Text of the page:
The State Bond Comission today approved funding for a new public health laboratory in Rocky Hill–an action opposed by neighbors and area legislators.

“It should be in a more isolated location,” said Sen. Paul R. Doyle, D-Wethersfield. “If it’s not OK for New Britain”–one of a dozen other sites considered– “then why is it OK for Rocky Hill?”

Doyle and Rep. Antonio Guerrera, D-Rocky Hill, are upset the lab that tests for West Nile virus, rabies, influenza and anthrax–now located in Hartford just a few blocks from the State Capitol will be moving into their district. The $69.4 million facility will be on a 22-acre site near a residential area and the state Veterans’ Home and Hospital.

“You are telling me it’s going to cost more than $70 million to get the current facility up to speed? I don’t believe that,” Guerrera said.

The Department of Public Health and the Office of Policy and Management maintains that no new substances will be tested at the new Rocky Hill laboratory that aren’t already tested at the current 45-year old laboratory.

But that isn’t enough for Guerrera and Doyle, who said there is nothing that can be said for them to approve of such substances being tested in their district.

“They should pick a different location,” Doyle said.

The two were successful at last month’s Bond Commission meeting in stalling funding for the lab, saying the community wasn’t given enough notice of the proposal and had been alarmed by an anonymous scare flier that had been distributed in the neighborhood.

Headlined “Meet your new neighbors,” the flier warns of toxic agents threatening the well-being of the community.

The flier did not include contact information and was attributed to “Construction Workers for a Safe Environment” — an unknown group to many officials and legislators.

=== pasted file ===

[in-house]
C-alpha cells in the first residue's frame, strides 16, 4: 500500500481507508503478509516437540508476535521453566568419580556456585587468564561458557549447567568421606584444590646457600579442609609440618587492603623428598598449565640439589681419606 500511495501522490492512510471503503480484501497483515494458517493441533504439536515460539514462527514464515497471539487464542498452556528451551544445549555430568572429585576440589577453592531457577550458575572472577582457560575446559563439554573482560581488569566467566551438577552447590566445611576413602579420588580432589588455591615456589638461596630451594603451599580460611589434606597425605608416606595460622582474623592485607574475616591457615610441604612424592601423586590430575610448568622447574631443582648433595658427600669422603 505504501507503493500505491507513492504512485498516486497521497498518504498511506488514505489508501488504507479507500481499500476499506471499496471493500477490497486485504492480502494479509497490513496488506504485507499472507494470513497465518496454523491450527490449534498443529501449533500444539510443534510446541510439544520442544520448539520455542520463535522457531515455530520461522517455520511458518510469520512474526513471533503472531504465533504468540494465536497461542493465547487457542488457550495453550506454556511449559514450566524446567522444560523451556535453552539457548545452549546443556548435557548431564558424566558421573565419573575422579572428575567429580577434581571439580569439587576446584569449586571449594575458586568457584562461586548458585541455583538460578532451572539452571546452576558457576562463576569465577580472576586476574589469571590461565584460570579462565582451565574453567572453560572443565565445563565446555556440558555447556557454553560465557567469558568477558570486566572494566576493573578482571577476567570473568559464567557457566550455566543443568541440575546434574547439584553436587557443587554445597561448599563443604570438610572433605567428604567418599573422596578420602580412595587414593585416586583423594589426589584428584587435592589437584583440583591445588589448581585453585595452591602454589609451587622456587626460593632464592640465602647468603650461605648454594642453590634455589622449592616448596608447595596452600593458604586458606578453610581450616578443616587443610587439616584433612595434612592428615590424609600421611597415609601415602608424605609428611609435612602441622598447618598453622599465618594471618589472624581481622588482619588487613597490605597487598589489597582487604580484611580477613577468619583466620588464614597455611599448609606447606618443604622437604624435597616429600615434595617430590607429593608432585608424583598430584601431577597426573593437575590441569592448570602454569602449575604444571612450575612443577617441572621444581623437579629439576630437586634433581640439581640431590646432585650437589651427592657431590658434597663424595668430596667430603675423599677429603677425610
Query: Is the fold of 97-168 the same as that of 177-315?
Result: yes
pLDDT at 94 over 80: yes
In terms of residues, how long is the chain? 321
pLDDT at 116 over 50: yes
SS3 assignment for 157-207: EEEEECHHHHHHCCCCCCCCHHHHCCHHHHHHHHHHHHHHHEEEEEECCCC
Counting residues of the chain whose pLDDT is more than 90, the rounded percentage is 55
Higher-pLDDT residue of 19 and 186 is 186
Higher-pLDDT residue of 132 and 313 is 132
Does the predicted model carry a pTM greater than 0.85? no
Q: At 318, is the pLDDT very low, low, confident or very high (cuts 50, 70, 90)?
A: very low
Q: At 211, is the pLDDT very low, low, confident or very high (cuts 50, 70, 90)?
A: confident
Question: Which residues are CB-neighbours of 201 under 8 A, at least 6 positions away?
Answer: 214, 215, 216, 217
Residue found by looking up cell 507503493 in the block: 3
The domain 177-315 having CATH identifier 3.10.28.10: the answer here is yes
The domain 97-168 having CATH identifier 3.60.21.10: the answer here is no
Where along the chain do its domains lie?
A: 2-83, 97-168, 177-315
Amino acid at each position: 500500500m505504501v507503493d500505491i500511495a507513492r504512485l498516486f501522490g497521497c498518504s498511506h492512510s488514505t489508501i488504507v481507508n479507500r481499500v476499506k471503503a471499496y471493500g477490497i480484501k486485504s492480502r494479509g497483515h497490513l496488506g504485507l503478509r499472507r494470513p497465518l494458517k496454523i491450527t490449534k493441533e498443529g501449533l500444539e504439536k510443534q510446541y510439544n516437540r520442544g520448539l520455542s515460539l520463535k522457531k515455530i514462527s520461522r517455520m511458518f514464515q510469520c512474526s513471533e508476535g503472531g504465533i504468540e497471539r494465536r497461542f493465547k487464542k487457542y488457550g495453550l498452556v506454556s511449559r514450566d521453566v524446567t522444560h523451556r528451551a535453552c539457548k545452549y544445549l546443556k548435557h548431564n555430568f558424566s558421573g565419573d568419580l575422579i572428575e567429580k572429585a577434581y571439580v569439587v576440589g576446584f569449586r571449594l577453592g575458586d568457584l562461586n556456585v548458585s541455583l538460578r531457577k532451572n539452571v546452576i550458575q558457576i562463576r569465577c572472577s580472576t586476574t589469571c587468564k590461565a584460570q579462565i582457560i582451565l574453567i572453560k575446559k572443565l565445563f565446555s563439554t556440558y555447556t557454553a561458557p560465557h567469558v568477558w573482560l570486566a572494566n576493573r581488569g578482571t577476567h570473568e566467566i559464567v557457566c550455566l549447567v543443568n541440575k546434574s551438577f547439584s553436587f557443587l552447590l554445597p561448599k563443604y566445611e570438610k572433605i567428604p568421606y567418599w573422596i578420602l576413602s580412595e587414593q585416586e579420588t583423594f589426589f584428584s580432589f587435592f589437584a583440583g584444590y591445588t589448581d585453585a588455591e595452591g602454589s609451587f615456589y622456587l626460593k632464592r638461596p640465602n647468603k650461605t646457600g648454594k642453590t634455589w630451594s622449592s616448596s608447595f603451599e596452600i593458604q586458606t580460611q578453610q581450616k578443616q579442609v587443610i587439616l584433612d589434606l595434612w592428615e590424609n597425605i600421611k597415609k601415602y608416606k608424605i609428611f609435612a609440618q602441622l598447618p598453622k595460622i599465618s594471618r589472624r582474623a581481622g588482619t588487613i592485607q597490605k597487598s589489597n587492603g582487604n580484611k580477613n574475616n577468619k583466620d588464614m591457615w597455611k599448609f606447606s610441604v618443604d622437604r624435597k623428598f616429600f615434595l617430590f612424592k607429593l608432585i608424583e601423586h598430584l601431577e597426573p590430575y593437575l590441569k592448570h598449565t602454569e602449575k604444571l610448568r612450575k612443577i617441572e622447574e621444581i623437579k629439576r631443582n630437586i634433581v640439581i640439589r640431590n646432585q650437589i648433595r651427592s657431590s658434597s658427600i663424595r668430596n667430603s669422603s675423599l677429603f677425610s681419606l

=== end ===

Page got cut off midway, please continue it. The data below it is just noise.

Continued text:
Since then, several members of the Rocky Hill Local 40 Sheet Metal Workers International Association have acknowledged that they were responsible for distributing the fliers. They said they are concerned because only a few of the lowest bidders on the project are members of Sheet Metal and Air Conditioning Contractors’ National Association, a trade group of union contractors.

Guerrera and Doyle said their opposition isn’t about who gets the work.

“My issues weren’t about the contractors. It’s about the location,” Guerrera said.

Following an informational hearing on the public health lab last month, the legislators sent a letter and a petition signed by 300 residents to Rell and members of the bond commission in opposition to the lab.

But on Wednesdy, the Bond Commission members decided to move forward in a 7-3 vote and release the needed funds. Voting in opposition were Comptroller Nancy S. Wyman, Attorney General Richard Blumenthal and Deputy Treasurer Howard G. Rifkin.

Jacqueline was CT Mirror’s Education and Housing Reporter, and an original member of the CT Mirror staff, joining shortly before our January 2010 launch. Her awards include the best-of-show Theodore A. Driscoll Investigative Award from the Connecticut Society of Professional Journalists in 2019 for reporting on inadequate inmate health care, first-place for investigative reporting from the New England Newspaper and Press Association in 2020 for reporting on housing segregation, and two first-place awards from the National Education Writers Association in 2012. She was selected for a prestigious, year-long Propublica Local Reporting Network grant in 2019, exploring a range of affordable and low-income housing issues. Before joining CT Mirror, Jacqueline was a reporter, online editor and website developer for The Washington Post Co.’s Maryland newspaper chains. Jacqueline received an undergraduate degree in journalism from Bowling Green State University and a master’s in public policy from Trinity College.

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